Nature’s health service

Green gym at woodland edge

Green exercise is any activity in the presence of nature, including woodland.  There is considerable and widespread evidence that demonstrates it leads to positive short and long-term health benefits for people; in physical wellbeing and mental health.

According to a recent scientific study 1 both men and women gain similar improvements in self-esteem after green exercise, though men showed the greatest difference for mood.  The greatest change in self-esteem was in the young and the mentally ill.  The study concluded that the outdoor environment and nature provides an important health service.

I wrote previously about an estimated 317 million people-visits per year to woodlands, a large majority of these being for dog-walking and other casual visits.   There is also increasing interest in organised exercise taking place in the outdoors.

Perhaps one of the best ideas, at least in my view, is the Green Gym run by the BTCV.  The concept is that people undertake physical work in the outdoors with the joint benefits of gaining exercise while improving the environment; for example in coppicing or clearing scrub at a local nature reserve.

A more recent phenomenon, extending the concept of organised green exercise in the outdoors, are the karate, pilates and other exercise classes springing up (excuse the pun) in city parks and other outdoor spaces.  I came across this exercise class (above photo) in a nature reserve, and it was proving a hit with the sheep flock and passing twitchers.  However, these types of activities are not without controversy.  According to The Tax Payers’ Alliance Council chiefs of two London Boroughs recently introduced new rules stating that:

.. anyone making money by being in a park should pay a fee. This means the council will now use patrols to check if anyone suspected of personal training, dog walking, nannying or even teaching for money has got the requisite license.

I’m sure it’s a personal taste but I would much prefer to don some old clothes and spend an hour or two with bowsaw or billhook, than roll around in lycra while watched by sheep.  What do ewe think?

Gabriel Hemery


Reference

1 Barton, J. and Pretty, J. (2010).  What is the best dose of nature and green exercise for improving mental health? A multi-study analysis.  Environmental Science & Technology, 44 , (10),  pp. 3947–3955.  DOI 10.1021/es903183r.  Read Abstract

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3 thoughts on “Nature’s health service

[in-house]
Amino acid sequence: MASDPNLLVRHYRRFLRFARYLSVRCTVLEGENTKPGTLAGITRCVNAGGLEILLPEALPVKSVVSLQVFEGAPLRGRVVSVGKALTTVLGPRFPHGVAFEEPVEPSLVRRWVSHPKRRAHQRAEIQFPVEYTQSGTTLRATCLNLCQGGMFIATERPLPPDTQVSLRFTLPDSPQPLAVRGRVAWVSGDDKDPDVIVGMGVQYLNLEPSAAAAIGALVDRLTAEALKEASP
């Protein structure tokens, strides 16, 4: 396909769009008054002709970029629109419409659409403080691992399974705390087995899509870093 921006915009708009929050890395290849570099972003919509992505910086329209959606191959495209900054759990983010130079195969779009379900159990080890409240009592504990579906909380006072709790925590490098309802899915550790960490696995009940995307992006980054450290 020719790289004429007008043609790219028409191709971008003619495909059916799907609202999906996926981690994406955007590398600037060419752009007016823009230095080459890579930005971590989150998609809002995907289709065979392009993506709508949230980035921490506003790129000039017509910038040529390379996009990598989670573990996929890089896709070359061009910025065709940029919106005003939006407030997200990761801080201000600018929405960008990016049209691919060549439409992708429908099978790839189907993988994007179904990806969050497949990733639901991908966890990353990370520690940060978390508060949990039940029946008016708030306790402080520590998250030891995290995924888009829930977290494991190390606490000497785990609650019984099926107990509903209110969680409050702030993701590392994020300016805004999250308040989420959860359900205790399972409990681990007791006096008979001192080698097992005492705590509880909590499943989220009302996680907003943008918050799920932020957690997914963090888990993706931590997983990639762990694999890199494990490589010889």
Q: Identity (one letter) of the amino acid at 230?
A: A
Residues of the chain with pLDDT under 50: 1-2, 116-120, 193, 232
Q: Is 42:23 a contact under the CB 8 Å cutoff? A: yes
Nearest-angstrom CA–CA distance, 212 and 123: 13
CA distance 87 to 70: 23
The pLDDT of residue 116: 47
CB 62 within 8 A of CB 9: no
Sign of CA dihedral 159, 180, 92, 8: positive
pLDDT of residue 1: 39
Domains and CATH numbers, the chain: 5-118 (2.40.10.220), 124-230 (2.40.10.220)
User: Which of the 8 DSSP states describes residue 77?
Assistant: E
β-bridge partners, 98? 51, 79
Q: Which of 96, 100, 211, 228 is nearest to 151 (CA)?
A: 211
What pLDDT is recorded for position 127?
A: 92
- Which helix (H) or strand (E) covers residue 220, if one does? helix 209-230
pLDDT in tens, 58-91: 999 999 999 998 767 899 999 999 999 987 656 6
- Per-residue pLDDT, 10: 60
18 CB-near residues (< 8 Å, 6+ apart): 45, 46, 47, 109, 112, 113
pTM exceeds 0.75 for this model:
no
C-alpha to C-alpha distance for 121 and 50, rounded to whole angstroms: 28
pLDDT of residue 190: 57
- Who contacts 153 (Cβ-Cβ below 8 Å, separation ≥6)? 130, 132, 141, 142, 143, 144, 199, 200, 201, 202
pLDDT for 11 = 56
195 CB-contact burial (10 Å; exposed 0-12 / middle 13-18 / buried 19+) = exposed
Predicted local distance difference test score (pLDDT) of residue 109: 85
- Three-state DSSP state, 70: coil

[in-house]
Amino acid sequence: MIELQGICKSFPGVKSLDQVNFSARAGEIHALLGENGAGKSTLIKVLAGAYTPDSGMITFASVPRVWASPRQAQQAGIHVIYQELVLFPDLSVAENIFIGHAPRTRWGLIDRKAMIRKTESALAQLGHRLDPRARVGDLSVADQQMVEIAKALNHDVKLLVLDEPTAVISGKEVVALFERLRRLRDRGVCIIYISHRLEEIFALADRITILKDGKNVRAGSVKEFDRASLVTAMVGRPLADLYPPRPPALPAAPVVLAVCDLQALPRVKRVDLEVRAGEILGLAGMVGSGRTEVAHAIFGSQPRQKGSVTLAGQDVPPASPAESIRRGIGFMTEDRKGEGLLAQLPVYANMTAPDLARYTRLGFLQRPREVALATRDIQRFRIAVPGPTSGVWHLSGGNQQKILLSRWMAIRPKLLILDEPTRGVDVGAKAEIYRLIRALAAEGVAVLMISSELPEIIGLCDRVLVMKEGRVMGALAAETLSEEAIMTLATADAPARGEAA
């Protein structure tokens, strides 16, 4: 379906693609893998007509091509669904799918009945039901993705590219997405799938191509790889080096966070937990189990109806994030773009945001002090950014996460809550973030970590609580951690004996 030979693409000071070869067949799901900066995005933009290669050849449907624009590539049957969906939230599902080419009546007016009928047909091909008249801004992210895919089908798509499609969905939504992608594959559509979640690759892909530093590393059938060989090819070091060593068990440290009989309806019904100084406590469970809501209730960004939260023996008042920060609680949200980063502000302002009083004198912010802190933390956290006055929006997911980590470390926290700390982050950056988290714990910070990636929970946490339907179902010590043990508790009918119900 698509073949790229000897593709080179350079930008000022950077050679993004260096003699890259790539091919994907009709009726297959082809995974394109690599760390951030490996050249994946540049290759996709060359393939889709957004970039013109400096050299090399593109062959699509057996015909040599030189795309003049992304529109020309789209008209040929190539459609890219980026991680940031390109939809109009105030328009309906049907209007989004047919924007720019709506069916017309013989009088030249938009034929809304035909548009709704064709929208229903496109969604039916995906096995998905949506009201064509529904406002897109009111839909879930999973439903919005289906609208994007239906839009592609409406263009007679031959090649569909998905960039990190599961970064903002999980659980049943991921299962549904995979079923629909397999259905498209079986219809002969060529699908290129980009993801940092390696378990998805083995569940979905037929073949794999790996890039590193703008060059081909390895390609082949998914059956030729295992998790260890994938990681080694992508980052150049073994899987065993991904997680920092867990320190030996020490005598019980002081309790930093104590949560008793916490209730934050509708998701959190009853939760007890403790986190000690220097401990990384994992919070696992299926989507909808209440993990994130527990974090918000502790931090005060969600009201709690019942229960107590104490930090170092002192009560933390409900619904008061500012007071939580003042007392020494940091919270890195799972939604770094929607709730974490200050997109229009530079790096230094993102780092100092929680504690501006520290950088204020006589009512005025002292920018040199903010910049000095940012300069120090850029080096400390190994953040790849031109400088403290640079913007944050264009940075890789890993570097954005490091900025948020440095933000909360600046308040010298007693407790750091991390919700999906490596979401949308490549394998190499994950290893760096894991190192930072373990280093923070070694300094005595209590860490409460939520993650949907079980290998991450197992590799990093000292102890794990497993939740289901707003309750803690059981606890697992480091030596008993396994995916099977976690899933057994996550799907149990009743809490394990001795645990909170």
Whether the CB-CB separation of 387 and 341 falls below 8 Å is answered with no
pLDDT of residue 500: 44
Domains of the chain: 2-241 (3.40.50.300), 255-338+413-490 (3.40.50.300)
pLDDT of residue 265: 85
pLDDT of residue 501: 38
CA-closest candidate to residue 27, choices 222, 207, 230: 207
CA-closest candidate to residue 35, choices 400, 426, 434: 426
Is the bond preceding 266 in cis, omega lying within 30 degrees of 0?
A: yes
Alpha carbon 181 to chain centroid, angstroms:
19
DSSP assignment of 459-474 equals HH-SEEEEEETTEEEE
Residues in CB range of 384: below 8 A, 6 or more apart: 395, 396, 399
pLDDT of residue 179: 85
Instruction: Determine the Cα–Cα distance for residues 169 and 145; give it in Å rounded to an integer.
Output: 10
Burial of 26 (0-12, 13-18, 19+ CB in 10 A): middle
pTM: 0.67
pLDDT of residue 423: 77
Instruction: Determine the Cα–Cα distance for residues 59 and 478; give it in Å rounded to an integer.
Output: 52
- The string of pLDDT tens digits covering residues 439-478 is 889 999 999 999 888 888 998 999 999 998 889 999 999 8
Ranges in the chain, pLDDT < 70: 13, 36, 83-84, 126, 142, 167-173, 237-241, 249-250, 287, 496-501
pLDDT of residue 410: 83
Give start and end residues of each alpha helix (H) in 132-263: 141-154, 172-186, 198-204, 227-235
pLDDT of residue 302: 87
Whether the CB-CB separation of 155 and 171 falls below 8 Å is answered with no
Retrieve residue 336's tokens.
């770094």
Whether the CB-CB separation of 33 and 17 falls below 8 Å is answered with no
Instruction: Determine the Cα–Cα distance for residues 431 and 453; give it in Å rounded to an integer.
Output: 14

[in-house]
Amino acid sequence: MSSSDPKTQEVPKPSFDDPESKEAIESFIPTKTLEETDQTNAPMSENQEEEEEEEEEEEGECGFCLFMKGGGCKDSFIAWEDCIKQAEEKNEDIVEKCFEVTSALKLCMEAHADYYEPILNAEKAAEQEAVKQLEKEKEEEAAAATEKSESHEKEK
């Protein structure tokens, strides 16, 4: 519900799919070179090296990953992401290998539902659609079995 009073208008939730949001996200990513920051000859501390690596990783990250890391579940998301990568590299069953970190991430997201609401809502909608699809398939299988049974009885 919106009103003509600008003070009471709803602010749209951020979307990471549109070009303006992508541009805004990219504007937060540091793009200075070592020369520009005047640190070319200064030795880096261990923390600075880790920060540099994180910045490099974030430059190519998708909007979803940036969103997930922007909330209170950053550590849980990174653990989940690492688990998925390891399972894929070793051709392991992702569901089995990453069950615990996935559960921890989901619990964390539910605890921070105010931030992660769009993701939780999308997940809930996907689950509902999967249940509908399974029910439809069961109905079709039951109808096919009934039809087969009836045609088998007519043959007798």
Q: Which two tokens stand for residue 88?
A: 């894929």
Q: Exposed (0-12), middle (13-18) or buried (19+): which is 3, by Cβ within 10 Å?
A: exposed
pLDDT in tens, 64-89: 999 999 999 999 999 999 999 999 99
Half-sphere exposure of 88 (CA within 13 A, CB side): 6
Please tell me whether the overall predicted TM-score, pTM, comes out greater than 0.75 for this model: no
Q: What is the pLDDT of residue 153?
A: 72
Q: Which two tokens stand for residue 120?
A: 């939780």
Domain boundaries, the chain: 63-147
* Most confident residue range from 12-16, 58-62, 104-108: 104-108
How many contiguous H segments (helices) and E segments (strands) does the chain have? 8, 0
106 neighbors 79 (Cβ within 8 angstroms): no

1. Great post Gabriel – I like the way you’ve used the tree to conceal the gym leader’s identity – a ‘green’ version of those blobs on TV. Personally, I’ll go for the twitching though my wife says it isn’t real walking !

    I am horrified but not surprised by the report of two councils trying to charge for ‘money making’ activities in parks. We get increasingly used to mindless harrasment by people like this in all aspects of our lives. Its time to fight back. This is absolute rubbish and verging on the immoral as well as going against some of the basic needs of society – to get people out & more healthy. It’s also a hint as to why people supported FC so enthusiastically – when local authorities banned mountain bikes FC set up trails and an absolute principle of FC recreation is not to bully people all the time – exemplified by big open areas where you can do pretty well what you like.

    This whole area is much bigger than people realise – economists can’t measure it and therefore effectively claim it doesn’t exist – but what does the view & environment you live in – street trees and local parks – where you enjoy your leisure – whether mountian biking pilates or dog walking – and the time out of urban life it all adds up to represent ? Quality of Life – and what’s more important than that ?

    1. Thank you Rod – glad you enjoyed the post. It came about after one of those chance moments when I saw the group excercising near a woodland. You never know where the next inspiration will come from in blogging.

      Yes the idea of charging people for use when it is effectively free for all is quite a challenging one. There was quite a lot of interest in the media about this, including radio phone-ins etc. I wonder whether other countries around the world have made an issue out of this?
      Gabriel

  2. In countries like China, where park classes are a part of the culture, I don’t think charging for money making activities would go down well.

    I guess if the green gyms are popular, then they’re a good thing. But not something I would want to be involved with, personally.

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